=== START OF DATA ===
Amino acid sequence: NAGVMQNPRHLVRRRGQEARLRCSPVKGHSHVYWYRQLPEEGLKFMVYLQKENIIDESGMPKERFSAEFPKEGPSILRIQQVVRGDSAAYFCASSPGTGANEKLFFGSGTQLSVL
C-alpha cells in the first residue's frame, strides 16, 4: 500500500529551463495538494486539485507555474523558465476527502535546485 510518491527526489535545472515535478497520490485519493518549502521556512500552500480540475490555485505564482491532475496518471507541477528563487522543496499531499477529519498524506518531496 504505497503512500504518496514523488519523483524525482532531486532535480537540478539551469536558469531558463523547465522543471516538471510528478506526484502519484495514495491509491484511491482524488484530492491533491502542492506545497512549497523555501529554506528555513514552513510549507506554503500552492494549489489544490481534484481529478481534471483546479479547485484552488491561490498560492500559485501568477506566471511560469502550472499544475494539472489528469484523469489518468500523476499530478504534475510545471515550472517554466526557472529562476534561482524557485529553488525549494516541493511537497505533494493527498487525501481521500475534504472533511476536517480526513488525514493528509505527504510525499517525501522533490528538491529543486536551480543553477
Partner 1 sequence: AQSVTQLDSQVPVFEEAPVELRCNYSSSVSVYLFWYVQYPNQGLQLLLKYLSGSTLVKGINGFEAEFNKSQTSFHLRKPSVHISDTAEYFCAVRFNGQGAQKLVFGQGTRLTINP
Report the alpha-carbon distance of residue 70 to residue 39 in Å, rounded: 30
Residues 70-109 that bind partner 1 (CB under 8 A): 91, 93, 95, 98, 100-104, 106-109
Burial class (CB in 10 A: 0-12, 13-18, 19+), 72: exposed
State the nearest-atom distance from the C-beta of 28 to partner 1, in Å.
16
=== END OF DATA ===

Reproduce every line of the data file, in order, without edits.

Amino acid sequence: NAGVMQNPRHLVRRRGQEARLRCSPVKGHSHVYWYRQLPEEGLKFMVYLQKENIIDESGMPKERFSAEFPKEGPSILRIQQVVRGDSAAYFCASSPGTGANEKLFFGSGTQLSVL
C-alpha cells in the first residue's frame, strides 16, 4: 500500500529551463495538494486539485507555474523558465476527502535546485 510518491527526489535545472515535478497520490485519493518549502521556512500552500480540475490555485505564482491532475496518471507541477528563487522543496499531499477529519498524506518531496 504505497503512500504518496514523488519523483524525482532531486532535480537540478539551469536558469531558463523547465522543471516538471510528478506526484502519484495514495491509491484511491482524488484530492491533491502542492506545497512549497523555501529554506528555513514552513510549507506554503500552492494549489489544490481534484481529478481534471483546479479547485484552488491561490498560492500559485501568477506566471511560469502550472499544475494539472489528469484523469489518468500523476499530478504534475510545471515550472517554466526557472529562476534561482524557485529553488525549494516541493511537497505533494493527498487525501481521500475534504472533511476536517480526513488525514493528509505527504510525499517525501522533490528538491529543486536551480543553477
Partner 1 sequence: AQSVTQLDSQVPVFEEAPVELRCNYSSSVSVYLFWYVQYPNQGLQLLLKYLSGSTLVKGINGFEAEFNKSQTSFHLRKPSVHISDTAEYFCAVRFNGQGAQKLVFGQGTRLTINP
Report the alpha-carbon distance of residue 70 to residue 39 in Å, rounded: 30
Residues 70-109 that bind partner 1 (CB under 8 A): 91, 93, 95, 98, 100-104, 106-109
Burial class (CB in 10 A: 0-12, 13-18, 19+), 72: exposed
State the nearest-atom distance from the C-beta of 28 to partner 1, in Å.
16